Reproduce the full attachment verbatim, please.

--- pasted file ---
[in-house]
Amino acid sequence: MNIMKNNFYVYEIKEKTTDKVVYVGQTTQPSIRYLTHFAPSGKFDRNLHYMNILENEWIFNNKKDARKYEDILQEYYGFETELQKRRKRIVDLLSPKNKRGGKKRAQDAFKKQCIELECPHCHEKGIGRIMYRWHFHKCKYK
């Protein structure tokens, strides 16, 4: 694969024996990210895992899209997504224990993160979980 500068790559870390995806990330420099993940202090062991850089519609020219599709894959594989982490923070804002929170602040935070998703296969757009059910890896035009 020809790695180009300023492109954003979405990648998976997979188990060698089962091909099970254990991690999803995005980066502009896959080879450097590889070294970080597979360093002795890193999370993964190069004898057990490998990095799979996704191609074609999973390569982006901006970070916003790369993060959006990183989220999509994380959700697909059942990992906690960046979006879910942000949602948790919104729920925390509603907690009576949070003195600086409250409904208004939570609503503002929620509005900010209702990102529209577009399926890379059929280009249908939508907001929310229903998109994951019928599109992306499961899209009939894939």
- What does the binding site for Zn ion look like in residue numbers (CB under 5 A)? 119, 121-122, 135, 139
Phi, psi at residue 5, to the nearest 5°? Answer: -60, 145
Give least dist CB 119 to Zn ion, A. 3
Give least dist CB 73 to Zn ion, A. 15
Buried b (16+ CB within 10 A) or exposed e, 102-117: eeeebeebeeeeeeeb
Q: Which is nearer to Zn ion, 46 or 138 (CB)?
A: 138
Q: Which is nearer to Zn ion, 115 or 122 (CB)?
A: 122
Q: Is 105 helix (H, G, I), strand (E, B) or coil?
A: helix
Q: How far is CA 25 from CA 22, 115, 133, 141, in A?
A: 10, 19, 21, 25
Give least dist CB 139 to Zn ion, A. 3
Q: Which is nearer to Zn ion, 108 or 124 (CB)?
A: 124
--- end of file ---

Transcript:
[in-house]
Amino acid sequence: MNIMKNNFYVYEIKEKTTDKVVYVGQTTQPSIRYLTHFAPSGKFDRNLHYMNILENEWIFNNKKDARKYEDILQEYYGFETELQKRRKRIVDLLSPKNKRGGKKRAQDAFKKQCIELECPHCHEKGIGRIMYRWHFHKCKYK
């Protein structure tokens, strides 16, 4: 694969024996990210895992899209997504224990993160979980 500068790559870390995806990330420099993940202090062991850089519609020219599709894959594989982490923070804002929170602040935070998703296969757009059910890896035009 020809790695180009300023492109954003979405990648998976997979188990060698089962091909099970254990991690999803995005980066502009896959080879450097590889070294970080597979360093002795890193999370993964190069004898057990490998990095799979996704191609074609999973390569982006901006970070916003790369993060959006990183989220999509994380959700697909059942990992906690960046979006879910942000949602948790919104729920925390509603907690009576949070003195600086409250409904208004939570609503503002929620509005900010209702990102529209577009399926890379059929280009249908939508907001929310229903998109994951019928599109992306499961899209009939894939």
- What does the binding site for Zn ion look like in residue numbers (CB under 5 A)? 119, 121-122, 135, 139
Phi, psi at residue 5, to the nearest 5°? Answer: -60, 145
Give least dist CB 119 to Zn ion, A. 3
Give least dist CB 73 to Zn ion, A. 15
Buried b (16+ CB within 10 A) or exposed e, 102-117: eeeebeebeeeeeeeb
Q: Which is nearer to Zn ion, 46 or 138 (CB)?
A: 138
Q: Which is nearer to Zn ion, 115 or 122 (CB)?
A: 122
Q: Is 105 helix (H, G, I), strand (E, B) or coil?
A: helix
Q: How far is CA 25 from CA 22, 115, 133, 141, in A?
A: 10, 19, 21, 25
Give least dist CB 139 to Zn ion, A. 3
Q: Which is nearer to Zn ion, 108 or 124 (CB)?
A: 124